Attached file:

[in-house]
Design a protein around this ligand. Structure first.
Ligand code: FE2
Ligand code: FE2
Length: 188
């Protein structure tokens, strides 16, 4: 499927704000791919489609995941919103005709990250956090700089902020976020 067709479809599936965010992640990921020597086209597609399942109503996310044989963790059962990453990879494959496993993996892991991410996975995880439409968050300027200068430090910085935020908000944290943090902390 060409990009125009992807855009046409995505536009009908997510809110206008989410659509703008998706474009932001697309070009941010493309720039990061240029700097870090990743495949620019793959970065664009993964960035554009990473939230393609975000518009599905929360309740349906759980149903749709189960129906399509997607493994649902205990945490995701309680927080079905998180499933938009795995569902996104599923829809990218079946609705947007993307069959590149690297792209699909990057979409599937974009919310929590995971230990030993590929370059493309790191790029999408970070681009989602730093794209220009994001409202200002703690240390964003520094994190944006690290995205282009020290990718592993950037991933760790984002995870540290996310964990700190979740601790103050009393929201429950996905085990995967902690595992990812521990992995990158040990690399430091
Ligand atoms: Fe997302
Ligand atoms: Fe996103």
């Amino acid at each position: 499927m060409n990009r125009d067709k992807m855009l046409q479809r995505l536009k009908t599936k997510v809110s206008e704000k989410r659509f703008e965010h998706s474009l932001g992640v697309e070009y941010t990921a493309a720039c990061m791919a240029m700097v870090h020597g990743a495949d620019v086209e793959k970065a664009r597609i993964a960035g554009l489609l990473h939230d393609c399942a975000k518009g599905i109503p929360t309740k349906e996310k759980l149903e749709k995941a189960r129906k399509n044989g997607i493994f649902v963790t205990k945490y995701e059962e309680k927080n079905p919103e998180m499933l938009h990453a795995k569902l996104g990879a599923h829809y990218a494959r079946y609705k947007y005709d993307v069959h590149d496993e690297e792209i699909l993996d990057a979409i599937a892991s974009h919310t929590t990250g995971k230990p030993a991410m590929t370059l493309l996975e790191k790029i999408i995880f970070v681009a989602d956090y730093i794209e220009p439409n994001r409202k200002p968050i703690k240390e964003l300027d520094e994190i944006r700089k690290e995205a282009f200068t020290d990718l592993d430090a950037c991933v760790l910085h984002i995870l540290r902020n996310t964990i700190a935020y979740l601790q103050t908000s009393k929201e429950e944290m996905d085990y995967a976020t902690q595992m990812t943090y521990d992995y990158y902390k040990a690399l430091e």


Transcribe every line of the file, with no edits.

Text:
[in-house]
Design a protein around this ligand. Structure first.
Ligand code: FE2
Ligand code: FE2
Length: 188
């Protein structure tokens, strides 16, 4: 499927704000791919489609995941919103005709990250956090700089902020976020 067709479809599936965010992640990921020597086209597609399942109503996310044989963790059962990453990879494959496993993996892991991410996975995880439409968050300027200068430090910085935020908000944290943090902390 060409990009125009992807855009046409995505536009009908997510809110206008989410659509703008998706474009932001697309070009941010493309720039990061240029700097870090990743495949620019793959970065664009993964960035554009990473939230393609975000518009599905929360309740349906759980149903749709189960129906399509997607493994649902205990945490995701309680927080079905998180499933938009795995569902996104599923829809990218079946609705947007993307069959590149690297792209699909990057979409599937974009919310929590995971230990030993590929370059493309790191790029999408970070681009989602730093794209220009994001409202200002703690240390964003520094994190944006690290995205282009020290990718592993950037991933760790984002995870540290996310964990700190979740601790103050009393929201429950996905085990995967902690595992990812521990992995990158040990690399430091
Ligand atoms: Fe997302
Ligand atoms: Fe996103």
């Amino acid at each position: 499927m060409n990009r125009d067709k992807m855009l046409q479809r995505l536009k009908t599936k997510v809110s206008e704000k989410r659509f703008e965010h998706s474009l932001g992640v697309e070009y941010t990921a493309a720039c990061m791919a240029m700097v870090h020597g990743a495949d620019v086209e793959k970065a664009r597609i993964a960035g554009l489609l990473h939230d393609c399942a975000k518009g599905i109503p929360t309740k349906e996310k759980l149903e749709k995941a189960r129906k399509n044989g997607i493994f649902v963790t205990k945490y995701e059962e309680k927080n079905p919103e998180m499933l938009h990453a795995k569902l996104g990879a599923h829809y990218a494959r079946y609705k947007y005709d993307v069959h590149d496993e690297e792209i699909l993996d990057a979409i599937a892991s974009h919310t929590t990250g995971k230990p030993a991410m590929t370059l493309l996975e790191k790029i999408i995880f970070v681009a989602d956090y730093i794209e220009p439409n994001r409202k200002p968050i703690k240390e964003l300027d520094e994190i944006r700089k690290e995205a282009f200068t020290d990718l592993d430090a950037c991933v760790l910085h984002i995870l540290r902020n996310t964990i700190a935020y979740l601790q103050t908000s009393k929201e429950e944290m996905d085990y995967a976020t902690q595992m990812t943090y521990d992995y990158y902390k040990a690399l430091e």